Authors: Amy Reece
“Will they be staying here?” I asked. I had only seen three bedrooms upstairs and couldn’t imagine the other six council members sharing one room.
Fionnuala smiled. “Yes, dear. You are staying in the original part of the house. After dinner I’ll show you the new wing, if you like.” It turned out that Fionnuala and Jon had built a large addition to their house that wasn’t visible from the front. It more than doubled the square footage and included four additional guest rooms, two bathrooms, and a large recreational room, where we would apparently be working. Yay. It made me tired just thinking about all the training they had in store for us. My dreams of a relaxing summer disappeared.
The ladies arrived bright and early the next morning; the sound of their chattering and laughing pulled me from sleep way too soon. I peered at the bed across from me and saw Mina was already up, bed made—of course—and gone from the room. By the time I showered, got ready, and made my way to the kitchen, elderly women were perched all over the room. The whole crew was here: Fionnuala, Caoimhe, Iona, Aine, Eithne, Bridget, and Maire. The noise level was incredible and I wished I could retreat back to my bedroom. I found an empty seat next to Rémy and gratefully sipped the hot, black coffee that Jon brought me.
“How about an omelet, Ally? I can have one whipped up in a few minutes.”
“I don’t want you to go to any trouble,” I began.
“No trouble at all,” he brushed off my concerns. “It’s what I do. I enjoy cooking.” He bustled away to prepare my breakfast.
“Where’s Mina?” I asked after another sip of coffee.
“It was too chaotic here for her. She went out for a walk,” Rémy said over the top of the newspaper he read. “Did you sleep well, chérie?”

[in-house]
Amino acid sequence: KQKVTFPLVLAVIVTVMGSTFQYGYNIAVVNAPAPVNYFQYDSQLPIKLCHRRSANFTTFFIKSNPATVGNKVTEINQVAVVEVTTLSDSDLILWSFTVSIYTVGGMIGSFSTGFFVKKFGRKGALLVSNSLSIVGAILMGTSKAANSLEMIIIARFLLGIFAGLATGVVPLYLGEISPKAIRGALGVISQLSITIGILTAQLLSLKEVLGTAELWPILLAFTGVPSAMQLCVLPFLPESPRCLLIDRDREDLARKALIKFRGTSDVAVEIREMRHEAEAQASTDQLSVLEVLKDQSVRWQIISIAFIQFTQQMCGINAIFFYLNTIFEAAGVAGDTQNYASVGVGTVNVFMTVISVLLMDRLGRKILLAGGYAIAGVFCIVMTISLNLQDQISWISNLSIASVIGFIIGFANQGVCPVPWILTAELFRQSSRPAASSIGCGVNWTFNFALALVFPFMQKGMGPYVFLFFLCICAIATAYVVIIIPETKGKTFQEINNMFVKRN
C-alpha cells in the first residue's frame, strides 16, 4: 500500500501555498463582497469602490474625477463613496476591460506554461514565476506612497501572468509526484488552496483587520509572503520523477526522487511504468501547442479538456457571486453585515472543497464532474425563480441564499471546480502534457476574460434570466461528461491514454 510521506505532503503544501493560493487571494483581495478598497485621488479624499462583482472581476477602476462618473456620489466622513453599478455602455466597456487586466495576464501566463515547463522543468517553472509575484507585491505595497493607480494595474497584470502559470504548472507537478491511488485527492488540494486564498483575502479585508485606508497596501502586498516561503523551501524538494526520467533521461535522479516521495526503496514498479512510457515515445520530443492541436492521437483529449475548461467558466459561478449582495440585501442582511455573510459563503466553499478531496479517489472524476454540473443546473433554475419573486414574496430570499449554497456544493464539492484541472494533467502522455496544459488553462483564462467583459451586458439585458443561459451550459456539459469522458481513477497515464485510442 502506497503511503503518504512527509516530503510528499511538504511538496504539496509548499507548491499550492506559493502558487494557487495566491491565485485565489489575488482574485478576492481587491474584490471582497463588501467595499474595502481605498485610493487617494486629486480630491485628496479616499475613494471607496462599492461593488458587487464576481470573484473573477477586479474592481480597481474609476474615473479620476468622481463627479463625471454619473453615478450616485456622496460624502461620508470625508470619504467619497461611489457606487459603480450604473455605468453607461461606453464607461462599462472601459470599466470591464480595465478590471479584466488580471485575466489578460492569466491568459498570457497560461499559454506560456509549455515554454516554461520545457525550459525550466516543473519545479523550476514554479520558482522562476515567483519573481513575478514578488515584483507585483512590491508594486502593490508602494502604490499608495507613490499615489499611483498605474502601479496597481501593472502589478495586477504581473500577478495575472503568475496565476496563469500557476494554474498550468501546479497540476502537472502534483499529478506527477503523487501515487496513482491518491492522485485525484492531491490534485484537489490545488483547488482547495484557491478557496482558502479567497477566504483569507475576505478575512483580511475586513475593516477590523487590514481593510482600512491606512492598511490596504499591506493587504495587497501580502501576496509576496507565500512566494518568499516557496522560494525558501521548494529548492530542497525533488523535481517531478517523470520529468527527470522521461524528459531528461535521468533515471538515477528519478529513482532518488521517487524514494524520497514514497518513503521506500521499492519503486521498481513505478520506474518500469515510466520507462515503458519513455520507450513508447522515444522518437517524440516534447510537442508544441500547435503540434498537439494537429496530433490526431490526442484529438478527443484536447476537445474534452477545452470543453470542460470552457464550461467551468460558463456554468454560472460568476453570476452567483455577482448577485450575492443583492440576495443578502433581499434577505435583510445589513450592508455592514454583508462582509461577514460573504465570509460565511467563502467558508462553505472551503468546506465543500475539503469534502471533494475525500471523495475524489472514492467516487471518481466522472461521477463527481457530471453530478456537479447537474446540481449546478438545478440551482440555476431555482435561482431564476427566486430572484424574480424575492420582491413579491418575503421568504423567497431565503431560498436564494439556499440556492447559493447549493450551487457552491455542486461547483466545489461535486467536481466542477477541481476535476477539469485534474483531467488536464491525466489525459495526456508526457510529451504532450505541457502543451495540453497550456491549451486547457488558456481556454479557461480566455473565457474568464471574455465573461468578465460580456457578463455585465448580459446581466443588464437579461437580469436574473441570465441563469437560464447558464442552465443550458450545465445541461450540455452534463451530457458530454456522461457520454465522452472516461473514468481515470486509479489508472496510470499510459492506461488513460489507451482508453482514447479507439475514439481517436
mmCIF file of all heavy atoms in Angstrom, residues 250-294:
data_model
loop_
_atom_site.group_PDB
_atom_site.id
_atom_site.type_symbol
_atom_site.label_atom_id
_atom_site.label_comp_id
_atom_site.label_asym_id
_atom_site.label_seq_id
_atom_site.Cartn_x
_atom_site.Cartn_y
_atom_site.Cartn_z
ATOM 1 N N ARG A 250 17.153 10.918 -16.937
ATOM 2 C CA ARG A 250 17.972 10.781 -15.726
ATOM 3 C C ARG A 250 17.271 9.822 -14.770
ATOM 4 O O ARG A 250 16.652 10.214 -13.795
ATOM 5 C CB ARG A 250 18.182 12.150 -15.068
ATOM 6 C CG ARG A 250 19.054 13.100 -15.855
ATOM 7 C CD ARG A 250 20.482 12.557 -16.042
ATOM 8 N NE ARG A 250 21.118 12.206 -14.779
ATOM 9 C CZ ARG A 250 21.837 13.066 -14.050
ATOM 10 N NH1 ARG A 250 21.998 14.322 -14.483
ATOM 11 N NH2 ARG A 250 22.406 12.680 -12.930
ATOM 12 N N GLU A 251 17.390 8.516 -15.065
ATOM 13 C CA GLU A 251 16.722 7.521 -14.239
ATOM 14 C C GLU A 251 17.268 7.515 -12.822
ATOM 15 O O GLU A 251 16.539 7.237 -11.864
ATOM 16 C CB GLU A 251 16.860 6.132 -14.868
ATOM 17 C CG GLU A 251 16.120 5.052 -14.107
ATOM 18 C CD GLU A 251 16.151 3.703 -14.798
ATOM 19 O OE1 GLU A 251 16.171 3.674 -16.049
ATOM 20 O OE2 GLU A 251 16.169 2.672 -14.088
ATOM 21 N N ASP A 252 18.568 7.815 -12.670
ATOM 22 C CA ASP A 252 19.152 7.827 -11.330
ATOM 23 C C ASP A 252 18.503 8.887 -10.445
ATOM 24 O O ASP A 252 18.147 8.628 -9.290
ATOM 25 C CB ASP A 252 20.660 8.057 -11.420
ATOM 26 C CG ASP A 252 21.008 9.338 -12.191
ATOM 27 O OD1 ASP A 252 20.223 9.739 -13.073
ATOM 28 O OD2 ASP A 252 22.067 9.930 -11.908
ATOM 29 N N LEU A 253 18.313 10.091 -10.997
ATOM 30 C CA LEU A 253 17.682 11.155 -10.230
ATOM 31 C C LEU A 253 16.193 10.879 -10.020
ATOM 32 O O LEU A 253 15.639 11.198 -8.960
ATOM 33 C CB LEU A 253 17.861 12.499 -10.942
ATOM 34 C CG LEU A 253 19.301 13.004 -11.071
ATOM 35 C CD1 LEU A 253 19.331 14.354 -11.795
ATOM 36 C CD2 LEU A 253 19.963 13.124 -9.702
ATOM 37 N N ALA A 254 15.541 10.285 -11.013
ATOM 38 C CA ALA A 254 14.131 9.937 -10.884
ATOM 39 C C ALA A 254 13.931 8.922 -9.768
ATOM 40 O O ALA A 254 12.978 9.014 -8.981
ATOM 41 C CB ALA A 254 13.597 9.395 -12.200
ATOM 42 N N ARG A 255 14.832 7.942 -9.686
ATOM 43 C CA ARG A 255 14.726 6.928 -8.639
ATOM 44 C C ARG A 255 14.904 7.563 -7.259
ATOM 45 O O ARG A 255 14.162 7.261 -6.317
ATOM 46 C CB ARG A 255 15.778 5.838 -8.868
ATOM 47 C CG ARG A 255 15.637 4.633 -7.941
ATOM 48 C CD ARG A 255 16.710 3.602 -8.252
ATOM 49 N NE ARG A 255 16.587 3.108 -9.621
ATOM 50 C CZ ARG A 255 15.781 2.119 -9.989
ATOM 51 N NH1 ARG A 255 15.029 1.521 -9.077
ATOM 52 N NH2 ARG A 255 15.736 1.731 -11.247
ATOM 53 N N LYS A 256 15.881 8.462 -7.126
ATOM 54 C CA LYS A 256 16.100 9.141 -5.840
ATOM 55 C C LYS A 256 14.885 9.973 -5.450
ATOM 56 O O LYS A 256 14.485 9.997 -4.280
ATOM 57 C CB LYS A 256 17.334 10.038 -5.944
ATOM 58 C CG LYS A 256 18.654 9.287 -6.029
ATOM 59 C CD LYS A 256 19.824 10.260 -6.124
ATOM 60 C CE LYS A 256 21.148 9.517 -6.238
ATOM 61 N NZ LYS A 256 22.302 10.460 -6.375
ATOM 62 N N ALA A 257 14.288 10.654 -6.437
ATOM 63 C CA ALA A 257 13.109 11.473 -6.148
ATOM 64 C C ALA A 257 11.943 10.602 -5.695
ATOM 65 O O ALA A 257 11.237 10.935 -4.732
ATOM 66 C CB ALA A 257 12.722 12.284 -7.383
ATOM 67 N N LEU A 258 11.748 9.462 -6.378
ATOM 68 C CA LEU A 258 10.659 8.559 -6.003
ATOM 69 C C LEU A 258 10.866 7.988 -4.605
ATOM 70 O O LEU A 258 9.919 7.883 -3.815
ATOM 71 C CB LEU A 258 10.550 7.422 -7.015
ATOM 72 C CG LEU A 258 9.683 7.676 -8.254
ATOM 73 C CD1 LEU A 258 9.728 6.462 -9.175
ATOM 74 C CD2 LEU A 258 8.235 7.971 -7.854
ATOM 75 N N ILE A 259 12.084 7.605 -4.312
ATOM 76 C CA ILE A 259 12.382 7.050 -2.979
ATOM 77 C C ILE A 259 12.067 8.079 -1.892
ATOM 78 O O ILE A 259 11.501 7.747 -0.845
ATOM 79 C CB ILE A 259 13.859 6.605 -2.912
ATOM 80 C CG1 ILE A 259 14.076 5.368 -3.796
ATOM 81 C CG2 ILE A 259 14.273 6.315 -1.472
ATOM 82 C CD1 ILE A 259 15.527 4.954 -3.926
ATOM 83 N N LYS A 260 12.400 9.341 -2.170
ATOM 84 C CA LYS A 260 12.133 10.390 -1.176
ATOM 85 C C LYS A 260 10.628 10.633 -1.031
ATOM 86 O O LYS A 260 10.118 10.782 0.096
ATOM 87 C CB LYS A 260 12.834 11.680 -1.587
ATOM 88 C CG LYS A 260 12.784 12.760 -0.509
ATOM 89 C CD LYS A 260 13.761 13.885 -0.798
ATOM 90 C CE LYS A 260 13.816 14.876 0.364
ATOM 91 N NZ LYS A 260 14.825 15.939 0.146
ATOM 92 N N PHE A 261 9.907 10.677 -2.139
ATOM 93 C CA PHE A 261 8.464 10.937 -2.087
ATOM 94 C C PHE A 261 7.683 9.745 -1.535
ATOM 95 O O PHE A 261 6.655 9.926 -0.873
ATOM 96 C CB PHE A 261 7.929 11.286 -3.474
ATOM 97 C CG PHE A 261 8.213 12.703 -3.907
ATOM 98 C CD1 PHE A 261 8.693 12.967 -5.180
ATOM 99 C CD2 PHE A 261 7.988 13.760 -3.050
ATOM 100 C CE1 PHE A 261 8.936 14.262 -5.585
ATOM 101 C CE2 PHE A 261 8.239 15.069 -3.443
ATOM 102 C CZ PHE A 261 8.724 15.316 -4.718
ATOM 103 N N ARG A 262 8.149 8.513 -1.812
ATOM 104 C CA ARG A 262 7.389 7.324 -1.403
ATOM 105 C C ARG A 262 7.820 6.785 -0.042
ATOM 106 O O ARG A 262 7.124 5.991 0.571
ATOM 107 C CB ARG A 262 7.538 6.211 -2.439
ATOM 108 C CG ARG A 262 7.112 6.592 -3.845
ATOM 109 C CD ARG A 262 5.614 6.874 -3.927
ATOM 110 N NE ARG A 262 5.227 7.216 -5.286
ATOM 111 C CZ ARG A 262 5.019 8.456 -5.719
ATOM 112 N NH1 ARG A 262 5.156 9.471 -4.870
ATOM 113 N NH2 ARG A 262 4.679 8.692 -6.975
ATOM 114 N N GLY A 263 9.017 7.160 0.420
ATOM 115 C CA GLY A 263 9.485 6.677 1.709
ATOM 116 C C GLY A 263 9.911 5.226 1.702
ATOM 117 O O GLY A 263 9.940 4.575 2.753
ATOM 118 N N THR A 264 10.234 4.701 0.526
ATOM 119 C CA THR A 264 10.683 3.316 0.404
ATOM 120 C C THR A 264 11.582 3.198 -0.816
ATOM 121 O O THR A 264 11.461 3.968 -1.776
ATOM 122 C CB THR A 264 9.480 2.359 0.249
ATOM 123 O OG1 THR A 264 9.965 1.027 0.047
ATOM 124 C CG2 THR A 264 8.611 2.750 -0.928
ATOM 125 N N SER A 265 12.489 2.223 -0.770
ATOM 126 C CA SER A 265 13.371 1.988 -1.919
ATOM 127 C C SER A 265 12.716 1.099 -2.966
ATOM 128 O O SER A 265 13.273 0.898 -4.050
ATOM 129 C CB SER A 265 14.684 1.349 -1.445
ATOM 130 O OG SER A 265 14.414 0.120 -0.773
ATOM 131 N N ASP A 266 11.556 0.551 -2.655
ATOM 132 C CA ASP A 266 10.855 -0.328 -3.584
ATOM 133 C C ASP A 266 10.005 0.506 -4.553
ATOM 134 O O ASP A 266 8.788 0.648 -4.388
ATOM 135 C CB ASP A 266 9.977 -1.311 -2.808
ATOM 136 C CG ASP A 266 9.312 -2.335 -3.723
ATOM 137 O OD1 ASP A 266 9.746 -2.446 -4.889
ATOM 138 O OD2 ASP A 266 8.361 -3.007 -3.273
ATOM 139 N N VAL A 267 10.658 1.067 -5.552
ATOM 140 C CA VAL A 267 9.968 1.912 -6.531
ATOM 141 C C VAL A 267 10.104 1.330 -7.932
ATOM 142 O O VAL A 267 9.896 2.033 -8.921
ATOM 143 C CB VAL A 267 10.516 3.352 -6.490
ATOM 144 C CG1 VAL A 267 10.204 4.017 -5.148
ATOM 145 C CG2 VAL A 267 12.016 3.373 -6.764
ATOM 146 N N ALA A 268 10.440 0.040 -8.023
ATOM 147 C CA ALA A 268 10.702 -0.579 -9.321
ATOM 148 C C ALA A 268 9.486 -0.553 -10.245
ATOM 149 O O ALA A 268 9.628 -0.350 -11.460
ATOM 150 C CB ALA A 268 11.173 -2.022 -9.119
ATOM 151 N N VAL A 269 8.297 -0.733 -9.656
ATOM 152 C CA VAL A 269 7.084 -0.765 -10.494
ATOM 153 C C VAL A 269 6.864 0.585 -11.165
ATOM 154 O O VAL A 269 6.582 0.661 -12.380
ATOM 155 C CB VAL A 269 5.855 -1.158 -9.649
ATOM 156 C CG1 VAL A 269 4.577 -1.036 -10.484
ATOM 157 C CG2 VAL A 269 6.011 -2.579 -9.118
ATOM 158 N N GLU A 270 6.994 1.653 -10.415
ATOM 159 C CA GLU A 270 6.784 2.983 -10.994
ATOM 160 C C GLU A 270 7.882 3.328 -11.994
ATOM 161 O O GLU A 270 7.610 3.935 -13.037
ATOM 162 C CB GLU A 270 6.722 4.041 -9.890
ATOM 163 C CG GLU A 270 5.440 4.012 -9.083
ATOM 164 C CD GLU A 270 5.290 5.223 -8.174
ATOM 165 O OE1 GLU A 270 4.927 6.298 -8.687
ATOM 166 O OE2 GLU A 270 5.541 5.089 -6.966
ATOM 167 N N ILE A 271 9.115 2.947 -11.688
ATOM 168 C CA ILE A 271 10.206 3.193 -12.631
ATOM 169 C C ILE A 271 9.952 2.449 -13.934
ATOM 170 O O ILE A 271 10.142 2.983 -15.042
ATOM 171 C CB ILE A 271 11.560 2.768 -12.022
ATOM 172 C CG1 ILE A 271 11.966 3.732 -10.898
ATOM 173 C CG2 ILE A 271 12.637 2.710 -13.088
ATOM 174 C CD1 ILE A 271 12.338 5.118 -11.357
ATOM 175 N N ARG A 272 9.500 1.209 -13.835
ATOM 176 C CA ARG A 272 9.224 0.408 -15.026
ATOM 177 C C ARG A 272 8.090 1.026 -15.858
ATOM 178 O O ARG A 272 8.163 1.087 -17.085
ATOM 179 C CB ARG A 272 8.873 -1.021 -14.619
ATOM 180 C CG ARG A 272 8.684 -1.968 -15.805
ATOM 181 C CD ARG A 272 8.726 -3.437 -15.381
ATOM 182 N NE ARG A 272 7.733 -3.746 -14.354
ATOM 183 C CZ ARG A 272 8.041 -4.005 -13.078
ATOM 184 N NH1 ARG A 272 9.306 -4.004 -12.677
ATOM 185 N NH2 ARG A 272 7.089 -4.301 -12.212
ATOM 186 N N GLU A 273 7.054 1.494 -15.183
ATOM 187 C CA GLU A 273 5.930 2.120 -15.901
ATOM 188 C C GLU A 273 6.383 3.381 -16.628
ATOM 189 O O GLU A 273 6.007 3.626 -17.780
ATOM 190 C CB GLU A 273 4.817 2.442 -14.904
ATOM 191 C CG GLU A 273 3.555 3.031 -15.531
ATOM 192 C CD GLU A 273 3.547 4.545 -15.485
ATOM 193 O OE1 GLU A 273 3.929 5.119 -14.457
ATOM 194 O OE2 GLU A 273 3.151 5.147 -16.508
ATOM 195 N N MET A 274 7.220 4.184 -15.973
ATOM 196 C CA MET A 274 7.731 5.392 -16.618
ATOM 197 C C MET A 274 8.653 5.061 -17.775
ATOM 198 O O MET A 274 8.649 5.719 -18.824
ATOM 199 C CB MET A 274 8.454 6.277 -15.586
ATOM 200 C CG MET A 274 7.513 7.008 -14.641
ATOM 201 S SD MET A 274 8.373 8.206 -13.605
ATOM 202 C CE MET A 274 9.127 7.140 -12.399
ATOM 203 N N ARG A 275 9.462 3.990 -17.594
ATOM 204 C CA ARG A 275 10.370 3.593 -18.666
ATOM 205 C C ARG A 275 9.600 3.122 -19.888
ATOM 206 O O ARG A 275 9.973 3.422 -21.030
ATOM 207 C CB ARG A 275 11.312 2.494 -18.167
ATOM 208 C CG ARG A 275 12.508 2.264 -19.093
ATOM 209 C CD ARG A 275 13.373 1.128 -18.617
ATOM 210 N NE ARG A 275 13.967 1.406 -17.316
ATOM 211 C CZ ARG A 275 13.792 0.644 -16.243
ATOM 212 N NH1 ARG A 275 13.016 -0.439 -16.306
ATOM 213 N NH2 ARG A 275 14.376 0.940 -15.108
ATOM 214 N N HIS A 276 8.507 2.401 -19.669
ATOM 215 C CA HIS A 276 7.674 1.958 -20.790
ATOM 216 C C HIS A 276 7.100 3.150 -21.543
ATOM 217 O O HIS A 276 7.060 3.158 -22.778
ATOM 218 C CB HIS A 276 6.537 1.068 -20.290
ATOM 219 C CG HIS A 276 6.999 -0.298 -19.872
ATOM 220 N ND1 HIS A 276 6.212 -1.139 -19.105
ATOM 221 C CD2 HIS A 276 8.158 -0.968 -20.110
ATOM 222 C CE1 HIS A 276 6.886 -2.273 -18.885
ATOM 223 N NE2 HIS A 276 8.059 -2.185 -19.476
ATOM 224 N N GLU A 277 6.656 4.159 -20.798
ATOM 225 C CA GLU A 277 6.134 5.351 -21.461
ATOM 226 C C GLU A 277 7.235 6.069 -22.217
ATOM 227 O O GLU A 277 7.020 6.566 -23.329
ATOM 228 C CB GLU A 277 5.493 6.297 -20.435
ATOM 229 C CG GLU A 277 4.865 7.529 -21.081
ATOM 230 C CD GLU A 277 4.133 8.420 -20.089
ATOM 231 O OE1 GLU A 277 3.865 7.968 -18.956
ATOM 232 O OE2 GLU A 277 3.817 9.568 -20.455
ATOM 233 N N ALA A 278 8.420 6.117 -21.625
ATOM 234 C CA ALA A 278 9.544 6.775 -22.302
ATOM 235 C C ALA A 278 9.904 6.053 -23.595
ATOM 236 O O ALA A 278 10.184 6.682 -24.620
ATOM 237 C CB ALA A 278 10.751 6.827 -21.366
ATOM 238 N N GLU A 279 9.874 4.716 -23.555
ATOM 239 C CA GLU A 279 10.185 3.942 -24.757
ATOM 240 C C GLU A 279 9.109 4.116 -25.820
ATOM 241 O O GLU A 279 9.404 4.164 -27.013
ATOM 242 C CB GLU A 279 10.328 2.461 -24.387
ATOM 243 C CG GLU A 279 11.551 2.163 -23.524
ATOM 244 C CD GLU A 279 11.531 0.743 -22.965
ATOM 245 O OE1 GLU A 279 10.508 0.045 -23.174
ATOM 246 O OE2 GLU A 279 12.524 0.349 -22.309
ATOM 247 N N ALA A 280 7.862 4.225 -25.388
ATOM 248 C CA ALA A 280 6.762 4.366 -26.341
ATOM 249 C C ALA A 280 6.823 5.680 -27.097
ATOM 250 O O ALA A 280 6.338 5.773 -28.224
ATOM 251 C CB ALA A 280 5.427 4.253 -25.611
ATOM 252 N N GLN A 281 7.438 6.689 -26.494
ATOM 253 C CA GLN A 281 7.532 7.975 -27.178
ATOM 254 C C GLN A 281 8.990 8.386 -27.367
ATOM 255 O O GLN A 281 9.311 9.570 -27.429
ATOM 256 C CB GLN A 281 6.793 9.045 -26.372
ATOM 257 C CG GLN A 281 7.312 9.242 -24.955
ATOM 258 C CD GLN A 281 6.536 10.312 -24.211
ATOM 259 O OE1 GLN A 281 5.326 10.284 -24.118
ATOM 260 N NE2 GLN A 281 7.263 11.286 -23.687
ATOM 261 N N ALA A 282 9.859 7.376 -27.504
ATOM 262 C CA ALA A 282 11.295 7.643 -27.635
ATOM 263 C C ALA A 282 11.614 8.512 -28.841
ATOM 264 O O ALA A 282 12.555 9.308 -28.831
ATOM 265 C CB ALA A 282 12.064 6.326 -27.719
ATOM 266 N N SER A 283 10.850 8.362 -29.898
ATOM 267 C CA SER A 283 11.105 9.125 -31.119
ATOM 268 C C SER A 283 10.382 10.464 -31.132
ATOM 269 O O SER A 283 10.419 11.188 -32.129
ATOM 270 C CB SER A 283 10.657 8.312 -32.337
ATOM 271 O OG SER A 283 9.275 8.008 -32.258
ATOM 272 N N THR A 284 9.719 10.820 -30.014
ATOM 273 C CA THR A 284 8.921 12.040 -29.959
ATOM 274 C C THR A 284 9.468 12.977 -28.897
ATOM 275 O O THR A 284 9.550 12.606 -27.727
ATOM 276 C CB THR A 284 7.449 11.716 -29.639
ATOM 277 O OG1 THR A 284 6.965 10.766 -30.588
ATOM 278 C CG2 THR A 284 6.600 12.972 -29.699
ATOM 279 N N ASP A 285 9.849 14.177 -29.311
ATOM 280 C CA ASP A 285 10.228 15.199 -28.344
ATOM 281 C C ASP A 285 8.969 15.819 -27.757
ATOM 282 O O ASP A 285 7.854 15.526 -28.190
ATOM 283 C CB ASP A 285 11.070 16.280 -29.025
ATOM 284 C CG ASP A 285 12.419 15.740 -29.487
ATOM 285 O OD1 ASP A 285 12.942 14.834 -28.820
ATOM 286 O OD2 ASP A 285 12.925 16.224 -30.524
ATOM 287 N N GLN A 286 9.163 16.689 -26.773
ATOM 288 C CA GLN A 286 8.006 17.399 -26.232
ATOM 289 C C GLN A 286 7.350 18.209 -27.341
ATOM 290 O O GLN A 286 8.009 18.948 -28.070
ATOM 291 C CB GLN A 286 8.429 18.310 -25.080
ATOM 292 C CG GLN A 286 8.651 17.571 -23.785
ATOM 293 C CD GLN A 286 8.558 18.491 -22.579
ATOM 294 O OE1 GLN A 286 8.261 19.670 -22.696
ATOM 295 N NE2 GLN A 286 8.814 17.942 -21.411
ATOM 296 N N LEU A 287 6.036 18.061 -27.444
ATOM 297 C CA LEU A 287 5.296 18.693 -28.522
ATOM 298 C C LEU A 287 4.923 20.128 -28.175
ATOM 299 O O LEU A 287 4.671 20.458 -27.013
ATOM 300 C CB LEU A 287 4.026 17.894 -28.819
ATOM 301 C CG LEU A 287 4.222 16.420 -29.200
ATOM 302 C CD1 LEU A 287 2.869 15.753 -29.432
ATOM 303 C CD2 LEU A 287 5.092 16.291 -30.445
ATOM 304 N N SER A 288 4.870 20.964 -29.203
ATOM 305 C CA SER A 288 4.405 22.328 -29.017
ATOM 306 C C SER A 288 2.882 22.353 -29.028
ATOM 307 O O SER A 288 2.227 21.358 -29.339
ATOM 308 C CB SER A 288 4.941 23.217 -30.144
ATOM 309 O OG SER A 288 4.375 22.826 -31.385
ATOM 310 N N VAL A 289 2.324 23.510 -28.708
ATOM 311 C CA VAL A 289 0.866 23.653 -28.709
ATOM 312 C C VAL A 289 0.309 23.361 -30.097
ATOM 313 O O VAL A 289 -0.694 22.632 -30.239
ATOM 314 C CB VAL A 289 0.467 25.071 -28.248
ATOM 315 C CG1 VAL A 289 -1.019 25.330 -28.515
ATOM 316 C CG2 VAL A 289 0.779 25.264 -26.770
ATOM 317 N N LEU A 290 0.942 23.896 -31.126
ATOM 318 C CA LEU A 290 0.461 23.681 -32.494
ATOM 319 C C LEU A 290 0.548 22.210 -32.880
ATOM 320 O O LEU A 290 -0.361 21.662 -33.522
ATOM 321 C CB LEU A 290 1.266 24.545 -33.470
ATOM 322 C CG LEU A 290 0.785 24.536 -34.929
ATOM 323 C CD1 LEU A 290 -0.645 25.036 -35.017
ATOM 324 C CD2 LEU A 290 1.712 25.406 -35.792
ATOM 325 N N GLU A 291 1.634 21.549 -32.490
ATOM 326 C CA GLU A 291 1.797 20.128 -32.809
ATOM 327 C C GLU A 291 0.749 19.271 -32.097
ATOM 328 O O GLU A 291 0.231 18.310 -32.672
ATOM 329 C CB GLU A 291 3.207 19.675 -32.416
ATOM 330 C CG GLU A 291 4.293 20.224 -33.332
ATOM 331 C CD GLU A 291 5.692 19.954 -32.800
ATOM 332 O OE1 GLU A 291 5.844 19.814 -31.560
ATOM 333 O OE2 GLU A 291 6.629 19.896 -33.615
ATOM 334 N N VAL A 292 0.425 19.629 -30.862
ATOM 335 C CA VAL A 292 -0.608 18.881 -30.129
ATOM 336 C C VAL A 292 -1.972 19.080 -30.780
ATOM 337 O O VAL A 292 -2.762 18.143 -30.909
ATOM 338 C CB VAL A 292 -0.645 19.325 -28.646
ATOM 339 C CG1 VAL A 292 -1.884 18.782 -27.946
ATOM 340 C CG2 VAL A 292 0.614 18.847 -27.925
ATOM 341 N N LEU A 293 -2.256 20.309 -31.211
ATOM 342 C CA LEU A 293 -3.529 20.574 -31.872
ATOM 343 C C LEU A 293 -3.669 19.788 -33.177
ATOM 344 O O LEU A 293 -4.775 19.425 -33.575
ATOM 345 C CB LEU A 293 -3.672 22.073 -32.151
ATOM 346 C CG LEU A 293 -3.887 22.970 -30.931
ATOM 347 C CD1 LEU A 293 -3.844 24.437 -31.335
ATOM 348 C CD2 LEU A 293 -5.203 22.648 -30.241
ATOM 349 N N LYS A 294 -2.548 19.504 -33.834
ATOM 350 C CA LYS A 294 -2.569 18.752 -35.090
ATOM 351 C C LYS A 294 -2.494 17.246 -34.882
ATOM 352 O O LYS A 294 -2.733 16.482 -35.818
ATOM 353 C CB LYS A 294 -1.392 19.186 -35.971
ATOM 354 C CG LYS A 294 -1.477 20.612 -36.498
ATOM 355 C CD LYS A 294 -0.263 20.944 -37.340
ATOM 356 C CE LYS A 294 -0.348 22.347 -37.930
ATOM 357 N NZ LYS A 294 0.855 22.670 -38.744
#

“I guess.” I shrugged. “I’m dreading this training, though.” I shuddered as I looked around the room at the noisy members of the Seer Council.
He folded his paper and nodded in agreement. “This is going to be a long two weeks.”
Once I finished my breakfast and Mina had returned from her walk, we all retreated to the large recreational room in the new wing of the house; all except Jon, who didn’t belong to the council and left to shop for what he needed to prepare the rest of the day’s meals. They started things off by having Bridget take turns touching each one of us separately in order to get a baseline reading. I got to go first.
“Oh, Ally,” she sighed after a moment. “I was right. Your powers have developed so much in just a few short months. Your abilities far out-strip anything I have ever encountered. My goodness. I don’t know what to think about this destructive power you seem to have. I just don’t know.” Well, that made me feel
She turned next to Mina. “How are you, dear? We missed you while you were gone.” Bridget smiled at Mina and stroked her cheek before taking her hand. “Oh, my dear. Your ability to read others is incredibly strong. There’s more there, too, that is just out of reach.” Before moving away, she leaned forward and whispered something in Mina’s ear. Mina appeared relieved and whispered ‘thanks.’
I wasn’t sure I approved of these secrets and was about to say something when Bridget approached Rémy. She seemed unsure and asked, “May I?” before taking his hand. I remembered all the Seers in their experience were women and this whole business of male Seers must rock their world a little bit. She grasped his hand and closed her eyes. After a few seconds she shifted uncomfortably and added her other hand. After another few seconds she lifted her hands away and frowned into his eyes. “You’re blocking me,” she accused. “No one has ever been able to block me before.”
“Rémy,” I began.
“It’s all right, Ally. I will play nice. I just wanted to make it clear I am here voluntarily. For the moment. And it would be better for all involved if we cooperate with each other.” He looked around at each council member, forcing them to meet his intense gaze. “Our two clans have a history of distrust, made much more serious by your generation. If there is to be a renewal and rebuilding of relationship, it will start with the three of us: Ally, Mina, and myself. You would all do well not to forget that.” It was moments like this when I was reminded he was not simply the happy-go-lucky teen he enjoyed portraying; he was a full-grown man who could handle himself in the adult world. I felt very young and naïve in that moment. He smiled a smile that didn’t quite reach his eyes and gave his hand back to Bridget. “Shall we try again?”